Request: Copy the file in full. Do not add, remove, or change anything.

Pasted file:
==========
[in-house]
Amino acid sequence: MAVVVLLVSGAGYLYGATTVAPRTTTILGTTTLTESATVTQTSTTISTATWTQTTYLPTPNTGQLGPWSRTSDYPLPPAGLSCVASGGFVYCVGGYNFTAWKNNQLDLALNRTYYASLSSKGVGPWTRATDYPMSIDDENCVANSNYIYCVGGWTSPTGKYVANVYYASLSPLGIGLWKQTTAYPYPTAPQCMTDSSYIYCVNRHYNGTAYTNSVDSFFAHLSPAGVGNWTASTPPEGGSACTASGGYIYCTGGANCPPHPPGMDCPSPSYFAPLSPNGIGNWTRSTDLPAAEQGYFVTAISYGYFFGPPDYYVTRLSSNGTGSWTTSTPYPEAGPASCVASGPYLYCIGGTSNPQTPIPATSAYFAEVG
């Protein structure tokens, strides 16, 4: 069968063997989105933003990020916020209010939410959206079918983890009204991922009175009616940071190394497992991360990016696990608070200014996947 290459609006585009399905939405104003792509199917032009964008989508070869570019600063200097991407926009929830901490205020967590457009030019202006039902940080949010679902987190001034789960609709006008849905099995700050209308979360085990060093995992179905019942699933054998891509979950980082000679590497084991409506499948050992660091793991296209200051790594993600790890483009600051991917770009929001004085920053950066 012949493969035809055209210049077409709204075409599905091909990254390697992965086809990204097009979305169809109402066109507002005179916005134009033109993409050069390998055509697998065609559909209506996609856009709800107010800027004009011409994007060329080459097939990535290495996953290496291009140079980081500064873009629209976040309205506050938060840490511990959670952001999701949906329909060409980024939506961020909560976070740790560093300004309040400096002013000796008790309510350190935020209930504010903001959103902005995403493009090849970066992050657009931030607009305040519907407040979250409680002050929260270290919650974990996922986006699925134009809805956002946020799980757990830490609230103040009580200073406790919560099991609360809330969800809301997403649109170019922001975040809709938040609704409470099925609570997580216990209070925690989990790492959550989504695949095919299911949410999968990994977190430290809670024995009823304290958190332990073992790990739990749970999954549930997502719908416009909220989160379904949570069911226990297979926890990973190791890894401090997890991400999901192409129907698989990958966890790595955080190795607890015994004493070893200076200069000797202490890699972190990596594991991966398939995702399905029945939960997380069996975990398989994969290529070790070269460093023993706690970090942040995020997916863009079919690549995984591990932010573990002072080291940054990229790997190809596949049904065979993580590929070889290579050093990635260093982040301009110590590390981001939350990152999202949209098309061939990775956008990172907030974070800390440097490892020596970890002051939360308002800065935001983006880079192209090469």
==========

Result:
[in-house]
Amino acid sequence: MAVVVLLVSGAGYLYGATTVAPRTTTILGTTTLTESATVTQTSTTISTATWTQTTYLPTPNTGQLGPWSRTSDYPLPPAGLSCVASGGFVYCVGGYNFTAWKNNQLDLALNRTYYASLSSKGVGPWTRATDYPMSIDDENCVANSNYIYCVGGWTSPTGKYVANVYYASLSPLGIGLWKQTTAYPYPTAPQCMTDSSYIYCVNRHYNGTAYTNSVDSFFAHLSPAGVGNWTASTPPEGGSACTASGGYIYCTGGANCPPHPPGMDCPSPSYFAPLSPNGIGNWTRSTDLPAAEQGYFVTAISYGYFFGPPDYYVTRLSSNGTGSWTTSTPYPEAGPASCVASGPYLYCIGGTSNPQTPIPATSAYFAEVG
């Protein structure tokens, strides 16, 4: 069968063997989105933003990020916020209010939410959206079918983890009204991922009175009616940071190394497992991360990016696990608070200014996947 290459609006585009399905939405104003792509199917032009964008989508070869570019600063200097991407926009929830901490205020967590457009030019202006039902940080949010679902987190001034789960609709006008849905099995700050209308979360085990060093995992179905019942699933054998891509979950980082000679590497084991409506499948050992660091793991296209200051790594993600790890483009600051991917770009929001004085920053950066 012949493969035809055209210049077409709204075409599905091909990254390697992965086809990204097009979305169809109402066109507002005179916005134009033109993409050069390998055509697998065609559909209506996609856009709800107010800027004009011409994007060329080459097939990535290495996953290496291009140079980081500064873009629209976040309205506050938060840490511990959670952001999701949906329909060409980024939506961020909560976070740790560093300004309040400096002013000796008790309510350190935020209930504010903001959103902005995403493009090849970066992050657009931030607009305040519907407040979250409680002050929260270290919650974990996922986006699925134009809805956002946020799980757990830490609230103040009580200073406790919560099991609360809330969800809301997403649109170019922001975040809709938040609704409470099925609570997580216990209070925690989990790492959550989504695949095919299911949410999968990994977190430290809670024995009823304290958190332990073992790990739990749970999954549930997502719908416009909220989160379904949570069911226990297979926890990973190791890894401090997890991400999901192409129907698989990958966890790595955080190795607890015994004493070893200076200069000797202490890699972190990596594991991966398939995702399905029945939960997380069996975990398989994969290529070790070269460093023993706690970090942040995020997916863009079919690549995984591990932010573990002072080291940054990229790997190809596949049904065979993580590929070889290579050093990635260093982040301009110590590390981001939350990152999202949209098309061939990775956008990172907030974070800390440097490892020596970890002051939360308002800065935001983006880079192209090469």